7 Healthy
Sleeping Habits

7 Healthy Sleeping Habits

A rianna Huffington, founder of the Huffington Post, is not only one of my role models of strong, feminine leadership, she is also a strong advocate for sleeping your way to the top. Sleeping your way to success.

It occurred to me that getting a good night’s sleep is a frequently returning subject on seven2success.com. A good night’s rest helps you to maintain a positive attitude. Getting serious about sleep certainly is a healthy habit and success principles #263 says it all about sleep [including Arianna Huffington's great TEDTalk 'How to succeed? Get more sleep!' Certainly one to watch!]

Virtually everyone has experienced the negative effects of a bad night’s sleep at least once:
grogginess, crankiness, lack of focus and nasty feelings that hover over your body and mind the entire day. Getting too little sleep just isn’t any fun.

In fact sleep problems are fairly common: one in three people experience sleep difficulties, which include trouble falling asleep, trouble staying asleep, early morning waking, sleeping too much, or restless or unsatisfying sleep. And women experience sleep problems twice as often as men.

If you ever experienced the effects of too little sleep, then it’s perhaps no surprise that the long-term consequences of sleep deprivation can be fairly devastating to your overall health.

Sleep is vital and having restful sleep helps your body to re-energize and heal itself while your mind wanders around dreamland. Getting a good night’s sleep can improve your mental well-being and help you to better manage your anxiety.

The good news is that there are things you can do to improve your sleep. Here they are: seven strategies to improve your sleep. Turn in a bit earlier than usual tonight!

Create a comfortable sleep environment.

If you want to have a good sleep, it helps to create a comfortable sleep environment. Make sure that you have a supportive mattress and fresh, comfortable bedding. Ensure that your room is not too hot or cold, minimize noise, and block out light. Take work materials, computers and televisions out of the bedroom. Use your bed only for sleep and sex. If you associate a particular activity or item with anxiety about sleeping, get rid of it. For example, if looking at a bedroom clock makes you anxious about how much time you have before you must get up, move the clock out of sight.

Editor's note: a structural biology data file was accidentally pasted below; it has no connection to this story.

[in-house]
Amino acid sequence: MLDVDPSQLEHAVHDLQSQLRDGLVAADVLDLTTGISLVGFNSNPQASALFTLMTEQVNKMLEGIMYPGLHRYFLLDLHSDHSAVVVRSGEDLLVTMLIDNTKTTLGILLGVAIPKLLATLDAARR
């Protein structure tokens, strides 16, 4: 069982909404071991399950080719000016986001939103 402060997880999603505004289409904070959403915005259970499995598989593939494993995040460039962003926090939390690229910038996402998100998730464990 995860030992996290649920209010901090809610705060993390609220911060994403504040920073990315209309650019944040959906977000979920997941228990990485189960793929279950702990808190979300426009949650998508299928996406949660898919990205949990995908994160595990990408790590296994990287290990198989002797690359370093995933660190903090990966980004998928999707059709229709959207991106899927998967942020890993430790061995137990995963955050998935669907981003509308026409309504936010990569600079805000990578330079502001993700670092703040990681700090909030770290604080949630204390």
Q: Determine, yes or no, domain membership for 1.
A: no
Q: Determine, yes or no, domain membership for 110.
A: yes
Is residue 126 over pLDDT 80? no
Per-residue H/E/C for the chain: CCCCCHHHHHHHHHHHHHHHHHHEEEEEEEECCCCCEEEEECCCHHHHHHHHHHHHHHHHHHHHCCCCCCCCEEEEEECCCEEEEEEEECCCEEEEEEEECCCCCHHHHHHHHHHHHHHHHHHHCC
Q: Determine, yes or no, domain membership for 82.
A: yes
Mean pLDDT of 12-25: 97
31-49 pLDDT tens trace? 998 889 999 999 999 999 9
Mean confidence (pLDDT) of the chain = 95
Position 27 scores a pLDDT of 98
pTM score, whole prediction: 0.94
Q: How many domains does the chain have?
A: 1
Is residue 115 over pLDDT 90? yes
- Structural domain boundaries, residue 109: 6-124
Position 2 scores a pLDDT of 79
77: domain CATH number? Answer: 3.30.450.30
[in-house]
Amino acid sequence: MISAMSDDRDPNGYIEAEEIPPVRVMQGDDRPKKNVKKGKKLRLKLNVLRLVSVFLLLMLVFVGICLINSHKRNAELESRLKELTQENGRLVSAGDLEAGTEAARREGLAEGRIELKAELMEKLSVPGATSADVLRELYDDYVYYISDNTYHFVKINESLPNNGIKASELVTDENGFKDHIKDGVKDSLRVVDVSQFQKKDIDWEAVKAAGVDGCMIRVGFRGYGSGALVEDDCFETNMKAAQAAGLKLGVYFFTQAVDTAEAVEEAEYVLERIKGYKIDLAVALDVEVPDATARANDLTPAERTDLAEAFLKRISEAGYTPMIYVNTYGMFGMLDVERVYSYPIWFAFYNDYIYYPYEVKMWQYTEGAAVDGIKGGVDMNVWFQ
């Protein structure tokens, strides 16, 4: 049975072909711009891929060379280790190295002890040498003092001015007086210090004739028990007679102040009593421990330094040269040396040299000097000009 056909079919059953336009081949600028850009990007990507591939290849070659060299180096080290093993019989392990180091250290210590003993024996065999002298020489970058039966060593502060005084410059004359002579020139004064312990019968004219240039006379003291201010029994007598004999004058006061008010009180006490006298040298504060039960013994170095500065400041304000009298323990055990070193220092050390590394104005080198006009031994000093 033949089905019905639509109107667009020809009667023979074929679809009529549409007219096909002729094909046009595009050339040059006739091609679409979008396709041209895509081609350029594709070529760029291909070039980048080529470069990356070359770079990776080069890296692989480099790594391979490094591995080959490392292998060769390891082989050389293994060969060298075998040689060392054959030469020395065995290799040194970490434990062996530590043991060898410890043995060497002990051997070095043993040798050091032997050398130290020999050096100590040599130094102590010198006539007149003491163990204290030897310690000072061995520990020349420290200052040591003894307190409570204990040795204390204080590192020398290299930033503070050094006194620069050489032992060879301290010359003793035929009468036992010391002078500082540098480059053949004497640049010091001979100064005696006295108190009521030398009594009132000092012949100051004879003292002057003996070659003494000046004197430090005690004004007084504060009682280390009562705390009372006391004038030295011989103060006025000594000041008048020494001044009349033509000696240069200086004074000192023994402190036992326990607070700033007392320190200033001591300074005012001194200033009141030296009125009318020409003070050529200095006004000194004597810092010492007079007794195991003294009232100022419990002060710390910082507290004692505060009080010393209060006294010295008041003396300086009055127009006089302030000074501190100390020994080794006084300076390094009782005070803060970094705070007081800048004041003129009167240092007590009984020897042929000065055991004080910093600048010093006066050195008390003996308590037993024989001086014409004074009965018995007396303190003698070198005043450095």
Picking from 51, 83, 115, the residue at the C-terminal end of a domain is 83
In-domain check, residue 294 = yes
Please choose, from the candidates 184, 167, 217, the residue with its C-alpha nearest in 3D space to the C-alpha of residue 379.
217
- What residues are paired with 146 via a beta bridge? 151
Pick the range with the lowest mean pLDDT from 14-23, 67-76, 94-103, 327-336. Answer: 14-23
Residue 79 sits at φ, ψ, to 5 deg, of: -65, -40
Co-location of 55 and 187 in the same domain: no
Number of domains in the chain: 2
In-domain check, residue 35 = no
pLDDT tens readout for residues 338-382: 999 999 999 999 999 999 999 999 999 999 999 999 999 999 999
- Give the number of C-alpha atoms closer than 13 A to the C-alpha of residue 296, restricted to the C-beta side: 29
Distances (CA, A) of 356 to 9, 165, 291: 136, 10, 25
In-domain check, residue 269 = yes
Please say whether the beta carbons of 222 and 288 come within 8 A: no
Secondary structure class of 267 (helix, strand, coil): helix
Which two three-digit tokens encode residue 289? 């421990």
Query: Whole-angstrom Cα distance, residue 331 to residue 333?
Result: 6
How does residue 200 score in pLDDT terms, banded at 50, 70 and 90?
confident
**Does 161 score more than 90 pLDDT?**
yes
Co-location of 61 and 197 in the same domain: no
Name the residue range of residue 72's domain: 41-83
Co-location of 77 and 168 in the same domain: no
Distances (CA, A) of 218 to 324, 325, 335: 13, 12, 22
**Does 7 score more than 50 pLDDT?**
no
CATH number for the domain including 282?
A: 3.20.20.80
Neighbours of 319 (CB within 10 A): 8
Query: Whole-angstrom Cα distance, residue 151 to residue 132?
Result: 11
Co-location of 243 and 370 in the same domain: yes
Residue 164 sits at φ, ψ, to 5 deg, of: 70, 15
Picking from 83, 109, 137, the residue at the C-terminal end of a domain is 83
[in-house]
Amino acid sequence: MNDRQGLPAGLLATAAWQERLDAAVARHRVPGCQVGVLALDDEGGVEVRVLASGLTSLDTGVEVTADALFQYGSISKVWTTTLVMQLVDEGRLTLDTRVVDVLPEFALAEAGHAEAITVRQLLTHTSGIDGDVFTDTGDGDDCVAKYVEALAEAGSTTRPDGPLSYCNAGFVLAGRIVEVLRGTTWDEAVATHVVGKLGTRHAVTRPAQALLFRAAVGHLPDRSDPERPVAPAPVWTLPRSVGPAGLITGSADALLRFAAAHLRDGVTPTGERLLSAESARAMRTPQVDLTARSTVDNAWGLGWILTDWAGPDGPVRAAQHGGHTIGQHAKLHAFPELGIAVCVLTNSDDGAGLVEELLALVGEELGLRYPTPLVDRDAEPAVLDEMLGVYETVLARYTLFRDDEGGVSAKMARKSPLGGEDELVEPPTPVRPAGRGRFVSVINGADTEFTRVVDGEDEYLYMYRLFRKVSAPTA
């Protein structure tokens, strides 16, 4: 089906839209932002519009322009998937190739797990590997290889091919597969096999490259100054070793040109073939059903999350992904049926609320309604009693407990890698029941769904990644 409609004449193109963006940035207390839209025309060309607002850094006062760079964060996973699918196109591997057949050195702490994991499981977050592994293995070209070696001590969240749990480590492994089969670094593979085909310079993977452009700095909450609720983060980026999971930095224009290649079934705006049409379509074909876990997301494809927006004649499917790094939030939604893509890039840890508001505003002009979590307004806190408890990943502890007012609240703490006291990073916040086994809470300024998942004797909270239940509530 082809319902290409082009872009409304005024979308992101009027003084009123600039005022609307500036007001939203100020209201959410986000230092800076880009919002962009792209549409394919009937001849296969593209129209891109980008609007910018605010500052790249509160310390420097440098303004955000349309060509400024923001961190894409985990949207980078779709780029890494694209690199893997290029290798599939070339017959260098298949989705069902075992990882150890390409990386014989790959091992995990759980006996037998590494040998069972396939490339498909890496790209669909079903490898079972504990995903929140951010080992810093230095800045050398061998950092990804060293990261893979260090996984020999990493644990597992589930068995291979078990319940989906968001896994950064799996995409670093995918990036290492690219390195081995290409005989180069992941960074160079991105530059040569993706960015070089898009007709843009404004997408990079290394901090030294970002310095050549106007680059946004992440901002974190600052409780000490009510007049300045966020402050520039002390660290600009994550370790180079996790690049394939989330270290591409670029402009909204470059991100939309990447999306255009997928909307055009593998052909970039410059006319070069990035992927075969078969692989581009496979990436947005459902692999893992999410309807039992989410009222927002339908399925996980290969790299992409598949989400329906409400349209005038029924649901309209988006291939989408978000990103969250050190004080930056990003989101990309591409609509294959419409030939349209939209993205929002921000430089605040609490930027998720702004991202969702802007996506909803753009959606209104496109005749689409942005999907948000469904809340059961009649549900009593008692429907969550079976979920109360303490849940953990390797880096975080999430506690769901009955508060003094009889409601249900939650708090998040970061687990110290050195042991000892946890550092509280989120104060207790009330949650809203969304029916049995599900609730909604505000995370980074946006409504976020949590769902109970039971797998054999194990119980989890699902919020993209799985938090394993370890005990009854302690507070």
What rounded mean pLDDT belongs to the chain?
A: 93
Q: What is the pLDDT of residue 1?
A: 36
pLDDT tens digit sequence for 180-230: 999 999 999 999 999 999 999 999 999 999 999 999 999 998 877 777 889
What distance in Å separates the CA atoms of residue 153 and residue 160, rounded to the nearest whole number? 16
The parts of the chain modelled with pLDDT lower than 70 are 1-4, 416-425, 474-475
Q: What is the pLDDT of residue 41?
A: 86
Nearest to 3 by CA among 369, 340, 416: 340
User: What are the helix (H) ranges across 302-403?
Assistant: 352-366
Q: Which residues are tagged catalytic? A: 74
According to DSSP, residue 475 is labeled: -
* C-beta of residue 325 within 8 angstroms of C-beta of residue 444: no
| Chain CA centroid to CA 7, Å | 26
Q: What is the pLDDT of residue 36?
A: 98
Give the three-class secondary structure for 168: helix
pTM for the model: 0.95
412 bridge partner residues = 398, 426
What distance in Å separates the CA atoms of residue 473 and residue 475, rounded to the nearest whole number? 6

Establish a regular, relaxing bedtime routine

Avoid arousing activities before bedtime like working, paying bills, engaging in competitive games or family problem-solving. Do something to relax your body and mind before going to bed. Try taking a hot bath 90 minutes before you plan to go to bed, reading a book, a relaxation exercise, meditation, or listening to calming music. Having a bedtime routine cues your body that it’s time to sleep. So, establish a set routine that you follow every night.

Get physical

People who exercise tend to have more restful sleep. Exercising for at least 30 minutes three times a week can improve your sleep. So, get moving! Go for a walk or a run. The best time to exercise is in the late afternoon or early evening. Exercising in the morning is good for you, but won’t help with sleep. And exercising less than two hours before bedtime can actually interfere with sleep. I’ve got some advice for those looking for a reliable online pharmacy to buy Viagra. http://prescriptiondruginjury.com/viagra-sildenafil/ is the place where I’ve already become a regular customer. The pros of the website are quite numerous: low prices, fast and free delivery, quality drugs, a wide choice of Viagra generics, and top-notch customer support service.